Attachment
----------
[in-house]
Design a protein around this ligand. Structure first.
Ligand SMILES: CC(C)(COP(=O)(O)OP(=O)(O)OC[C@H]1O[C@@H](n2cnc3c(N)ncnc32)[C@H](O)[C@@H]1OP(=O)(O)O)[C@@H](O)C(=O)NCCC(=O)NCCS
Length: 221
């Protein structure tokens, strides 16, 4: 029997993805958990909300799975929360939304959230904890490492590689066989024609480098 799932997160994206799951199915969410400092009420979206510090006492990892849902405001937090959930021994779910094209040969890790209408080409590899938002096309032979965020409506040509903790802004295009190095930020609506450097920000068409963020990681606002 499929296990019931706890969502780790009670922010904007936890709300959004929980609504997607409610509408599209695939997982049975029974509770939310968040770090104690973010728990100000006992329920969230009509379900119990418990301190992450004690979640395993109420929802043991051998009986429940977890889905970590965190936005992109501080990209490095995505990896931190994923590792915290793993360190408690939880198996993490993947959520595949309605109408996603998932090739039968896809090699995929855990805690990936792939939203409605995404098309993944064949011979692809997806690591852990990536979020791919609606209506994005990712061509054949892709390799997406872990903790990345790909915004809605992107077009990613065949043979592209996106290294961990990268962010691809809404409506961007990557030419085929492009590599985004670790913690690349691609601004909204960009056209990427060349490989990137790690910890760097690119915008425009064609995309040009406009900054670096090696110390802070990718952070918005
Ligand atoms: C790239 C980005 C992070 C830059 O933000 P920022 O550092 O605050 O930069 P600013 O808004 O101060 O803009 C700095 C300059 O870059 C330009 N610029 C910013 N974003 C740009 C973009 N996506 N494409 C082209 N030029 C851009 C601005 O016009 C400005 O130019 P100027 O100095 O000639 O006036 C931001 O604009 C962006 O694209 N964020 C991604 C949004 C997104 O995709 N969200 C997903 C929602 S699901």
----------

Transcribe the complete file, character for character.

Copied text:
[in-house]
Design a protein around this ligand. Structure first.
Ligand SMILES: CC(C)(COP(=O)(O)OP(=O)(O)OC[C@H]1O[C@@H](n2cnc3c(N)ncnc32)[C@H](O)[C@@H]1OP(=O)(O)O)[C@@H](O)C(=O)NCCC(=O)NCCS
Length: 221
């Protein structure tokens, strides 16, 4: 029997993805958990909300799975929360939304959230904890490492590689066989024609480098 799932997160994206799951199915969410400092009420979206510090006492990892849902405001937090959930021994779910094209040969890790209408080409590899938002096309032979965020409506040509903790802004295009190095930020609506450097920000068409963020990681606002 499929296990019931706890969502780790009670922010904007936890709300959004929980609504997607409610509408599209695939997982049975029974509770939310968040770090104690973010728990100000006992329920969230009509379900119990418990301190992450004690979640395993109420929802043991051998009986429940977890889905970590965190936005992109501080990209490095995505990896931190994923590792915290793993360190408690939880198996993490993947959520595949309605109408996603998932090739039968896809090699995929855990805690990936792939939203409605995404098309993944064949011979692809997806690591852990990536979020791919609606209506994005990712061509054949892709390799997406872990903790990345790909915004809605992107077009990613065949043979592209996106290294961990990268962010691809809404409506961007990557030419085929492009590599985004670790913690690349691609601004909204960009056209990427060349490989990137790690910890760097690119915008425009064609995309040009406009900054670096090696110390802070990718952070918005
Ligand atoms: C790239 C980005 C992070 C830059 O933000 P920022 O550092 O605050 O930069 P600013 O808004 O101060 O803009 C700095 C300059 O870059 C330009 N610029 C910013 N974003 C740009 C973009 N996506 N494409 C082209 N030029 C851009 C601005 O016009 C400005 O130019 P100027 O100095 O000639 O006036 C931001 O604009 C962006 O694209 N964020 C991604 C949004 C997104 O995709 N969200 C997903 C929602 S699901």